By Candice Davis
Lawrence city planning must be guided by a vision that protects the interests and welfare of all residents and safeguards the quality of life we have come to enjoy. Our comprehensive planning document for growth and development, Horizon 2020, provides such a vision and needs to be used as a valued reference tool to evaluate the impact of development projects.
A group of North Carolina developers, Collett Associates, have been working with our city planning department for 18 months in planning a large retail development on south Iowa Street, called Southpoint. Many concerns have arisen about the timing and feasibility of this project. The development will require both rezoning and annexation of land as it does not conform to Horizon 2020. It will also require infrastructure to reach the site.
This proposed retail project is located at the southern most entrance to our city and in part of the floodplain next to the Wakarusa Wetlands. Building in a floodplain is a costly and risky proposition.
Last week, the city-county planning commission wisely voted against this proposal, but it will likely be revisited. Residents need to be informed as there are already existing city commitments to retail developments in other Lawrence locations. The success of the new regional recreation center may be aided by the development of retail shopping and hotels in the northwest portion of the city. Given that our tax dollars have been invested in the recreation center, it does not make sense to support retail development to the south.
The North Carolina retail project is large, nearly half the size of our downtown. How many new retail businesses can Lawrence absorb without harming other established citywide businesses? City data shows that retail sales, adjusting for inflation, have not increased substantially since 1995. The success of this retail proposal is dependent on drawing out-of-town shoppers. This is very speculative as there are many large regional malls within easy driving distances from Lawrence and the surrounding communities.
Thoughtful and careful consideration must be made about the need to expand retail development. We must preserve what makes Lawrence a unique destination. The welfare of our downtown is a priority, and city planning practices and decisions are critical in protecting and preserving this jewel. Retail shopping is an important component to the overall experience of being downtown.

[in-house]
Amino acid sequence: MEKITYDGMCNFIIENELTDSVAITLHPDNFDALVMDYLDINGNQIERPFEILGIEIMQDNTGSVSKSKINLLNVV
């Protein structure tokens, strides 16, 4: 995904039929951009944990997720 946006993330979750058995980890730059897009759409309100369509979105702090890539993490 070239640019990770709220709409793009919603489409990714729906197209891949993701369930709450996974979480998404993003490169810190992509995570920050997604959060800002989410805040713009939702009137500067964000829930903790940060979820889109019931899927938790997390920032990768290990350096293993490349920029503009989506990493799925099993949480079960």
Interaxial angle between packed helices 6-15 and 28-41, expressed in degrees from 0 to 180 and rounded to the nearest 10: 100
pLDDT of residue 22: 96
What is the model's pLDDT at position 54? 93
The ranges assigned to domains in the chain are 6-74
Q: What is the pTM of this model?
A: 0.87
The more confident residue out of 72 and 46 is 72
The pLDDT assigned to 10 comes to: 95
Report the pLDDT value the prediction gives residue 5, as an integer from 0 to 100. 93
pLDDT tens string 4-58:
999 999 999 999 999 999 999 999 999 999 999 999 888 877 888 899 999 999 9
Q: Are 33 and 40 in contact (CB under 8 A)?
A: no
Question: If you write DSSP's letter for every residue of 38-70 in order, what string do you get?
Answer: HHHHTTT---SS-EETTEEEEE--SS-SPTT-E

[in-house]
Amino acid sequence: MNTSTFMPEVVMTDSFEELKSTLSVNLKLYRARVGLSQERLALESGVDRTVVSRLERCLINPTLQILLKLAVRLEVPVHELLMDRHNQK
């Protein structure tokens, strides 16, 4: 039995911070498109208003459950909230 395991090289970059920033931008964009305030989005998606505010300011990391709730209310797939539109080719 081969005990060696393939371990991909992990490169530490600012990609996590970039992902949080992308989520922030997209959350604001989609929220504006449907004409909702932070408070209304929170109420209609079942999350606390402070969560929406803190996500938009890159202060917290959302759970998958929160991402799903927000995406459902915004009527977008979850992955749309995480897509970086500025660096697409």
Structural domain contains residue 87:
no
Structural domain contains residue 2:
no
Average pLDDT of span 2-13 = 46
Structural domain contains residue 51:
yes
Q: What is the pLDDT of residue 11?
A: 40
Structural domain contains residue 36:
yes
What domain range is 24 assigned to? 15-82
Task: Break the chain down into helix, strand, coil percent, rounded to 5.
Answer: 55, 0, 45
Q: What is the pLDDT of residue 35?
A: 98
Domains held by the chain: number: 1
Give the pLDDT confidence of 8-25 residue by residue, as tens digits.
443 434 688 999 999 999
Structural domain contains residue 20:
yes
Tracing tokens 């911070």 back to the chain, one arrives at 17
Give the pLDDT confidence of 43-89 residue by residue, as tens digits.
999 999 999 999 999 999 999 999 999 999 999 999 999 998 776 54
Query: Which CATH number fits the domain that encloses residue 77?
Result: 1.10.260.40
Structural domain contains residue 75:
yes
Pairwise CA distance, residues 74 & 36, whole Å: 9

Downtown Lawrence provides a sense of identity and place that a shopping mall or strip mall never will. Our downtown has survived because of the past efforts of citizens who fought for years to keep out a regional shopping mall. Without their efforts our downtown would look like Topeka, Wichita, Atchison, or Kansas City, Kan. None of these cities have been able to restore their once vibrant downtowns.
There is not another downtown city center in the Midwest that compares with the charm and vitality of downtown Lawrence: We offer cultural experiences, shopping, art, history, music, entertainment, food, gorgeous parks, the river, parades, sporting events, gathering places and leisurely strolls for family and friends. Our downtown is an enjoyable destination for our residents as well as those outside the city. We cannot risk losing it.
Thoughtful and effective city planning is critical. Developers and out-of-town investors are not city planners. They may have wonderful ideas, but it is our city planning staff that must decide the potential benefit to the community for each project. The residents of Lawrence as well as developers both risk investment dollars in new development. Our tax dollars help support city services, local businesses and infrastructure costs. We deserve city planning that will protect our investments and the community we love. “Free market” ideas without good planning are reckless and destructive. They threaten the vitality of our city, especially our downtown.
City planning should always consider the overall health and welfare of the entire community, follow appropriate city planning protocol and use established urban planning principles and data that bring credible facts to the table.
The North Carolina proposal does not meet the vision of our long-range plan and is not good for Lawrence. A beautiful park with walkways, bike paths and access to the Wakarusa Wetlands would be a more welcome project for this location.